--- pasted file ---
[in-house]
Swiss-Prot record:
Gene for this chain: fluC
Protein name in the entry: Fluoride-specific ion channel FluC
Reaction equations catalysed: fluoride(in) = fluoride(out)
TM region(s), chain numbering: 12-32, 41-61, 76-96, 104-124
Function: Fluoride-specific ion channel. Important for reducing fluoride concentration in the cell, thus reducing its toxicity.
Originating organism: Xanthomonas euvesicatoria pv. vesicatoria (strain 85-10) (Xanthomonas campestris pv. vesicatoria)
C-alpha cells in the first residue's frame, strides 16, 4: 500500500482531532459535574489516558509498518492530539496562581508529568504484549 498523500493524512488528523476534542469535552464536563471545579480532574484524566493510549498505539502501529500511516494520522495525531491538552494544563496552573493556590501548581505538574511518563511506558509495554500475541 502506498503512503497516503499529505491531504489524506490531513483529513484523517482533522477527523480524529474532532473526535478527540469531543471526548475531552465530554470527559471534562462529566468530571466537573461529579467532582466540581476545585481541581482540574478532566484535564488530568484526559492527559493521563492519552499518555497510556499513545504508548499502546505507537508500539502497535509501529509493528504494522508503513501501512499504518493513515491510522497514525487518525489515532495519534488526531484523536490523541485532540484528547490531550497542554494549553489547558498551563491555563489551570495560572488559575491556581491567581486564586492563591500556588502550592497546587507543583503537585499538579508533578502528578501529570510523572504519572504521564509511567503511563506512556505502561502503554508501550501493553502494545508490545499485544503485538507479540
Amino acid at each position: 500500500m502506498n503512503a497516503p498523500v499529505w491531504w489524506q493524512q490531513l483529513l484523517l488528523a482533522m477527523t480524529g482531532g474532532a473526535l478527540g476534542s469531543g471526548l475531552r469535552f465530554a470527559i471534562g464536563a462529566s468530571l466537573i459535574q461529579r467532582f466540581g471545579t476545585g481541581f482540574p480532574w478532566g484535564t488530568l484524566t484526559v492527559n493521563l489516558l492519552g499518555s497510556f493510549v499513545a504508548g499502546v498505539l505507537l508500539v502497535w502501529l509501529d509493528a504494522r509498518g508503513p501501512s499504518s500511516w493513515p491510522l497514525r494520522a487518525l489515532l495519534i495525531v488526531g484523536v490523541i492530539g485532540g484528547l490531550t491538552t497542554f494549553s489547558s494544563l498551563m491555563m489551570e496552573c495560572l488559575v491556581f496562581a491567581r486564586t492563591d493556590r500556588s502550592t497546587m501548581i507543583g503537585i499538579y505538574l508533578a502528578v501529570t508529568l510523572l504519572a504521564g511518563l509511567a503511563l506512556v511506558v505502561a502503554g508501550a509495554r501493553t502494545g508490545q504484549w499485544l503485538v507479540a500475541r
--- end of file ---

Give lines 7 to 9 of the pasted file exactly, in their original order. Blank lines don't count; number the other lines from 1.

Function: Fluoride-specific ion channel. Important for reducing fluoride concentration in the cell, thus reducing its toxicity.
Originating organism: Xanthomonas euvesicatoria pv. vesicatoria (strain 85-10) (Xanthomonas campestris pv. vesicatoria)
C-alpha cells in the first residue's frame, strides 16, 4: 500500500482531532459535574489516558509498518492530539496562581508529568504484549 498523500493524512488528523476534542469535552464536563471545579480532574484524566493510549498505539502501529500511516494520522495525531491538552494544563496552573493556590501548581505538574511518563511506558509495554500475541 502506498503512503497516503499529505491531504489524506490531513483529513484523517482533522477527523480524529474532532473526535478527540469531543471526548475531552465530554470527559471534562462529566468530571466537573461529579467532582466540581476545585481541581482540574478532566484535564488530568484526559492527559493521563492519552499518555497510556499513545504508548499502546505507537508500539502497535509501529509493528504494522508503513501501512499504518493513515491510522497514525487518525489515532495519534488526531484523536490523541485532540484528547490531550497542554494549553489547558498551563491555563489551570495560572488559575491556581491567581486564586492563591500556588502550592497546587507543583503537585499538579508533578502528578501529570510523572504519572504521564509511567503511563506512556505502561502503554508501550501493553502494545508490545499485544503485538507479540